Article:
In Paper Monsters, Samuel Fallon charts the striking rise, at the turn to the seventeenth century, of a new species of textual being: the serial, semifictional persona. When Thomas Nashe introduced his charismatic alter ego Pierce Penilesse in a 1592 text, he described the figure as a "paper monster," not fashioned but "begotten" into something curiously like life. The next decade bore this description out, as Pierce took on a life of his own, inspiring other writers to insert him into their own works. And Pierce was hardly alone: such figures as the polemicist Martin Marprelate, the lovers Philisides and Astrophil, the shepherd-laureate Colin Clout, the prodigal wit Euphues, and, in an odd twist, the historical author Robert Greene all outgrew their fictional origins, moving from text to text and author to author, purporting to speak their own words, even surviving their creators' deaths, and installing themselves in the process as agents at large in the real world of writing, publication, and reception.
In seeking to understand these "paper monsters" as a historically specific and rather short-lived phenomenon, Fallon looks to the rapid expansion of the London book trade in the years of their ascendancy. Personae were products of print, the medium that rendered them portable, free-floating figures. But they were also the central fictions of a burgeoning literary field: they embodied that field's negotiations between manuscript and print, and they forged a new form of public, textual selfhood. Sustained by the appropriative rewritings they inspired, personae came to seem like autonomous citizens of the literary public. Fallon argues that their status as collective fictions, passed among writers, publishers, and readers, positioned personae as the animating figures of what we have come to call "print culture."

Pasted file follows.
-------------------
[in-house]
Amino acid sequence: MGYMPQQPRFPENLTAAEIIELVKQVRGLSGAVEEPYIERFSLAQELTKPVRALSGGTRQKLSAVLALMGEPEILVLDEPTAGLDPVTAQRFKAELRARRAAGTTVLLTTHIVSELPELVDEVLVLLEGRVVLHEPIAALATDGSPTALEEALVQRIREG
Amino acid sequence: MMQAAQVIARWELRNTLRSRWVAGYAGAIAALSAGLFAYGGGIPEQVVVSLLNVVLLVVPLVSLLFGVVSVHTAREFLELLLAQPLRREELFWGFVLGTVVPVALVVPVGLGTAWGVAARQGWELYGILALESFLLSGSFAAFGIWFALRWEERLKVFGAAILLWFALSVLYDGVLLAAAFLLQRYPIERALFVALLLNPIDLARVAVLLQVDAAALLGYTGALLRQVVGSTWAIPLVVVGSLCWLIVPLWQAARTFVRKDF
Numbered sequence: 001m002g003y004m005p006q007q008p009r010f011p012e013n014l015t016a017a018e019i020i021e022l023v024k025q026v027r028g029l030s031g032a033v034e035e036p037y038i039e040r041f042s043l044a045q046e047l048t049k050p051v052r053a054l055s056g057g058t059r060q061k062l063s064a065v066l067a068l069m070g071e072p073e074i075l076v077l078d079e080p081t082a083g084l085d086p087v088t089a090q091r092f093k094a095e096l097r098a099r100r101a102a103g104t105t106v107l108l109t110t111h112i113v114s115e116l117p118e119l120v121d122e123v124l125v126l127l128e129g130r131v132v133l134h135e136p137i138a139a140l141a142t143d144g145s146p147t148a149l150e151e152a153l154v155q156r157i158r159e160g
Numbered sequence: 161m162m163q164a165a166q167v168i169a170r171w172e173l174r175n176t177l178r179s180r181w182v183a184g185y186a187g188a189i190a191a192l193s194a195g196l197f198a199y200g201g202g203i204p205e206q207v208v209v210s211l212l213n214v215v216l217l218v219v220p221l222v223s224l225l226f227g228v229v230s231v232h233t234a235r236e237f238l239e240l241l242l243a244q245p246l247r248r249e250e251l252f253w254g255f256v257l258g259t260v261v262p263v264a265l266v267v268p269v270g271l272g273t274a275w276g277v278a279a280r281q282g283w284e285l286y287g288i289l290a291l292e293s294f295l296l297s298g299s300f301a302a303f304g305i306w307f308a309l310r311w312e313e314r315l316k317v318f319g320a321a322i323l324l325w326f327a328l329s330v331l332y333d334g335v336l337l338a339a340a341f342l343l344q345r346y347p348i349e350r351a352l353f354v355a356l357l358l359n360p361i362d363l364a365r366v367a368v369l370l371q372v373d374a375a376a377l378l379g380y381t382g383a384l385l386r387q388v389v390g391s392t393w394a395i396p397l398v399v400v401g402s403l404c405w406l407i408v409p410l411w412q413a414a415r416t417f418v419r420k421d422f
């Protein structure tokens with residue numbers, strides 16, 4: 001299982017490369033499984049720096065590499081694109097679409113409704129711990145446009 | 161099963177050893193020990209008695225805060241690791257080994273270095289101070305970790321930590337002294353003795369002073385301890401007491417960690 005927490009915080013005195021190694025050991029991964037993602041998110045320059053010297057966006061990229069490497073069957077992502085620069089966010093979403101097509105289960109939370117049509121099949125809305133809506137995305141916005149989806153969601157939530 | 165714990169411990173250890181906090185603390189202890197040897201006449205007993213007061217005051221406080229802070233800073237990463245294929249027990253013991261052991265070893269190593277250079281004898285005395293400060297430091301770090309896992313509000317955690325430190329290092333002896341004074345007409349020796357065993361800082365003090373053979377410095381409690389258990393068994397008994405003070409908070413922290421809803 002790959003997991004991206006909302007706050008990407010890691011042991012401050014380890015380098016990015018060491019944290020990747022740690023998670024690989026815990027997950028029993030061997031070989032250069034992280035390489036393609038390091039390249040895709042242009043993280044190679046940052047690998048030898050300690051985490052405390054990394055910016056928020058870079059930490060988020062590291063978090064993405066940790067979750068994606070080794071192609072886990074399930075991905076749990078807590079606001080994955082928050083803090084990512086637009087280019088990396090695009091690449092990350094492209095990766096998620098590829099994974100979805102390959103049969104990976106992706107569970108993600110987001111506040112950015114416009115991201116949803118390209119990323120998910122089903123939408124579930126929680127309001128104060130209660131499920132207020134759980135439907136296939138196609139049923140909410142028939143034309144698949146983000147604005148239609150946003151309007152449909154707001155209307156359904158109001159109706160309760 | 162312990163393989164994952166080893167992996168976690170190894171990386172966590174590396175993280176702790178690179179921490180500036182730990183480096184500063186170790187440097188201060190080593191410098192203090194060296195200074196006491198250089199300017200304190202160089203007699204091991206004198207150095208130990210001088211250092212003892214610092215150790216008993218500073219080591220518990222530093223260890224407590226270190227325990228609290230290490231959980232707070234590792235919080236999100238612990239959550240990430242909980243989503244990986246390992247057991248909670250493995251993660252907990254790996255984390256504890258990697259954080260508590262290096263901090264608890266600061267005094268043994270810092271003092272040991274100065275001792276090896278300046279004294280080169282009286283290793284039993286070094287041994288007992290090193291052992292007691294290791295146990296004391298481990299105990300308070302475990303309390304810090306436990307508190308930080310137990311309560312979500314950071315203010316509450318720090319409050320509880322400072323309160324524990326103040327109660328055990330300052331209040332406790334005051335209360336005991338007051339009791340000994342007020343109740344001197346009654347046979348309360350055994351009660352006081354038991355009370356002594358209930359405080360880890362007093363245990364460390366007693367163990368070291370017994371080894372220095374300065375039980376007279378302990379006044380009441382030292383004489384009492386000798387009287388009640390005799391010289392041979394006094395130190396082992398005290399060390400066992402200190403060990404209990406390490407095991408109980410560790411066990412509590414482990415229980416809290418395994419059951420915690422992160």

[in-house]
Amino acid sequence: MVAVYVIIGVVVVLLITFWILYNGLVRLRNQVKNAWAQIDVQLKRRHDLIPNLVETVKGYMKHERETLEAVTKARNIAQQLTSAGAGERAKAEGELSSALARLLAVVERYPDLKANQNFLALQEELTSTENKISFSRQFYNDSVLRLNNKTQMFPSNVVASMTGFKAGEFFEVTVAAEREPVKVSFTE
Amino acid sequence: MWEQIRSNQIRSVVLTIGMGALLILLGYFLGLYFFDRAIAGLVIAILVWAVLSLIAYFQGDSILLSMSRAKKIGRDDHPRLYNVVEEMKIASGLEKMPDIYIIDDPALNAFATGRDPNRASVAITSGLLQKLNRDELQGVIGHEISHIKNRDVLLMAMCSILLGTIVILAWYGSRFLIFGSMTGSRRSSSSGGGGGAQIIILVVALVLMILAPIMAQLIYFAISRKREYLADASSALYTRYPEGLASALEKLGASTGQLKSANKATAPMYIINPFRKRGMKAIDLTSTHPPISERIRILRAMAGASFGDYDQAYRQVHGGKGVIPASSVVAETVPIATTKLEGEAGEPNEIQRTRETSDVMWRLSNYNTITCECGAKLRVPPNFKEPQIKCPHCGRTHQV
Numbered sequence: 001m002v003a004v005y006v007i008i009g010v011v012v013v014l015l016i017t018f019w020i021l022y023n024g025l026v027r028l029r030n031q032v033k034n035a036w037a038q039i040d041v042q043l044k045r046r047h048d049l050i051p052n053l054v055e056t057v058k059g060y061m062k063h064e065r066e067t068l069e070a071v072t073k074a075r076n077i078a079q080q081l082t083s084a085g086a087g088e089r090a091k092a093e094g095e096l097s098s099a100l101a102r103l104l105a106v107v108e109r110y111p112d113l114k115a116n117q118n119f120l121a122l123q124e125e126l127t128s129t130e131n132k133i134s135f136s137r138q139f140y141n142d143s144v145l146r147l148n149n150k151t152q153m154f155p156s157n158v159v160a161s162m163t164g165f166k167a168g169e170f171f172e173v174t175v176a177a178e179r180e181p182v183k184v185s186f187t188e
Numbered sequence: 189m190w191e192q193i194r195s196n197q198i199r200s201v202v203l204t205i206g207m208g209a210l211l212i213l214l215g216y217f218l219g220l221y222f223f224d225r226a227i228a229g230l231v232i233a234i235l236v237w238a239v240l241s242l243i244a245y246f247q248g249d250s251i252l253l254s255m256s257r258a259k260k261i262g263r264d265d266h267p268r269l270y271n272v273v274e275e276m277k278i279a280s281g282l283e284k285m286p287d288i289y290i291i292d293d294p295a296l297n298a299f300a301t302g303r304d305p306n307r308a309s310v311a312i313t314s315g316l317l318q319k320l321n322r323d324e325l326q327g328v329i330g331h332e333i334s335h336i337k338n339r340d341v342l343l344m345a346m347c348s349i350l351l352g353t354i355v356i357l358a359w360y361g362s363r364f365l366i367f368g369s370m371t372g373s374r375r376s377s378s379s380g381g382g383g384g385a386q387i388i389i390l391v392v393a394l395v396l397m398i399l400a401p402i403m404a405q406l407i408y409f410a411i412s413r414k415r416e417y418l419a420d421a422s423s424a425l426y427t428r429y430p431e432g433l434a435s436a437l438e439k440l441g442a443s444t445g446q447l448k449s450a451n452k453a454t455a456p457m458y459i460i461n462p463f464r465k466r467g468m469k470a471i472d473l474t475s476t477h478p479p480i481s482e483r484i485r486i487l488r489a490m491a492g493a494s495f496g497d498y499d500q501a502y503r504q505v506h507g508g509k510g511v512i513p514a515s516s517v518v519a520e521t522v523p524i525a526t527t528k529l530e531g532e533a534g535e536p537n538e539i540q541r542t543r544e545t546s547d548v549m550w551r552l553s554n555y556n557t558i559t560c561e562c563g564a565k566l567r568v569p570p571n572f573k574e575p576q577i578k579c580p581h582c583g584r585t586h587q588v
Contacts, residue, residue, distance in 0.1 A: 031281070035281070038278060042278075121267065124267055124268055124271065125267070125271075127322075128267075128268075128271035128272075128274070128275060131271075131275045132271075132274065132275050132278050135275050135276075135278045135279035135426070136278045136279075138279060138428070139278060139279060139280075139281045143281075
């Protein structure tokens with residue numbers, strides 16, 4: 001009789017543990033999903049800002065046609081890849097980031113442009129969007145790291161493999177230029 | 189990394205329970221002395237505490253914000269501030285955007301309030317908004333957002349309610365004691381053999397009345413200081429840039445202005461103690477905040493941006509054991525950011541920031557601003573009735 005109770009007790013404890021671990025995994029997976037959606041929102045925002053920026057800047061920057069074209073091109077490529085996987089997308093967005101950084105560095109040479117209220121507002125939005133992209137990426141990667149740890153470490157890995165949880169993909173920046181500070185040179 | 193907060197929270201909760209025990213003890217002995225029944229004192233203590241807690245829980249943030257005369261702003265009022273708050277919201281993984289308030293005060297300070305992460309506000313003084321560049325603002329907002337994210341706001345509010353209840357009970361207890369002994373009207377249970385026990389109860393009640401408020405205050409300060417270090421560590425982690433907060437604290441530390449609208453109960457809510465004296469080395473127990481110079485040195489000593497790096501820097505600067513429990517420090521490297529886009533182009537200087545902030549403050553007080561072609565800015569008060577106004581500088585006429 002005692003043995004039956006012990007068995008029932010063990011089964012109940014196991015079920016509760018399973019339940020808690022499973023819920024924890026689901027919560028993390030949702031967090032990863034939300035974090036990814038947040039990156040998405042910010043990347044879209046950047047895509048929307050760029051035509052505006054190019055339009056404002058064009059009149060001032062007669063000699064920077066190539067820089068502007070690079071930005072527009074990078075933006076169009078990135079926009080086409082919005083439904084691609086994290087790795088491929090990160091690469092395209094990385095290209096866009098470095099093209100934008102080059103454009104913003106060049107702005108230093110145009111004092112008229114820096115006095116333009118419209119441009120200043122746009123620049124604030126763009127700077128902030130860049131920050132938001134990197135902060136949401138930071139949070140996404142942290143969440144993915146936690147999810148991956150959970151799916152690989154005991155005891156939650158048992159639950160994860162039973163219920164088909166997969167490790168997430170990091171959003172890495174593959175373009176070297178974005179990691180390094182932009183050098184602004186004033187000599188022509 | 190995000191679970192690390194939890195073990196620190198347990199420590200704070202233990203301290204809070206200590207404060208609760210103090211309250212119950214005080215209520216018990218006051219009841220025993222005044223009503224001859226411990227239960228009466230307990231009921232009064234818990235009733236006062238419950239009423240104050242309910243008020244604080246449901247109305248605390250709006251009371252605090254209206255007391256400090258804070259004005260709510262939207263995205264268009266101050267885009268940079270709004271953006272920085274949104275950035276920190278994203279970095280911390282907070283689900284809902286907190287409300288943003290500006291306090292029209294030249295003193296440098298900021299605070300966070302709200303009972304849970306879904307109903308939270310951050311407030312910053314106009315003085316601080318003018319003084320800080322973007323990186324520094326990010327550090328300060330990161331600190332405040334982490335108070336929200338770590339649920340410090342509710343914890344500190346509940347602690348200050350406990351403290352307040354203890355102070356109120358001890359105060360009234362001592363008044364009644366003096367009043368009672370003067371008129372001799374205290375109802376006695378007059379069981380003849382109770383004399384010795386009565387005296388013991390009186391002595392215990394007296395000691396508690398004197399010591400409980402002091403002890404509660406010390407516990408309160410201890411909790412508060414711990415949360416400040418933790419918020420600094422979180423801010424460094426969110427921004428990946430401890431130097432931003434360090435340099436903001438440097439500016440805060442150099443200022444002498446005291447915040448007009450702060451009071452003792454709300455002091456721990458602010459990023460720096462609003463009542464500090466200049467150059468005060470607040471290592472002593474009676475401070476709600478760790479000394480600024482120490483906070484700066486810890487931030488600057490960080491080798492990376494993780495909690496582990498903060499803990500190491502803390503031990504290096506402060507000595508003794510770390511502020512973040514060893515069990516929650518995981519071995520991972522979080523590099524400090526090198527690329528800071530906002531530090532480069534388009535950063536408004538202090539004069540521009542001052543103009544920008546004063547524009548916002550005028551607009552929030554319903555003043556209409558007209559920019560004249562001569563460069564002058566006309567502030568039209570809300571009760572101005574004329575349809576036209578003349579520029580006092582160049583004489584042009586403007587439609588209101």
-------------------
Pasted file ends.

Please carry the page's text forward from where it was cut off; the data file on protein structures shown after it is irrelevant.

Chapter 1. Robert Greene's Ghosts
Chapter 2. Rehearsing Colin Clout
Chapter 3. Astrophil, Philisides, and the Coterie in Print
Chapter 4. Pierce Penilesse and the Art of Distinctions
"[Paper Monsters] throughout is elegantly written, persuasively argued, and well anchored in current theoretical and critical debates: it will be the starting point for any future consideration of literary personae and the role they played in the early modern literary field independently of the authors who created or inspired them."—Journal of British Studies
"Samuel Fallon is a skilled and often revelatory close reader of literature who displays a remarkable familiarity with minor writers and publishers of late Elizabethan England. Capacious and ambitious in its scope, Paper Monsters is a distinctive and highly accomplished piece of literary criticism."—Alan Stewart, Columbia University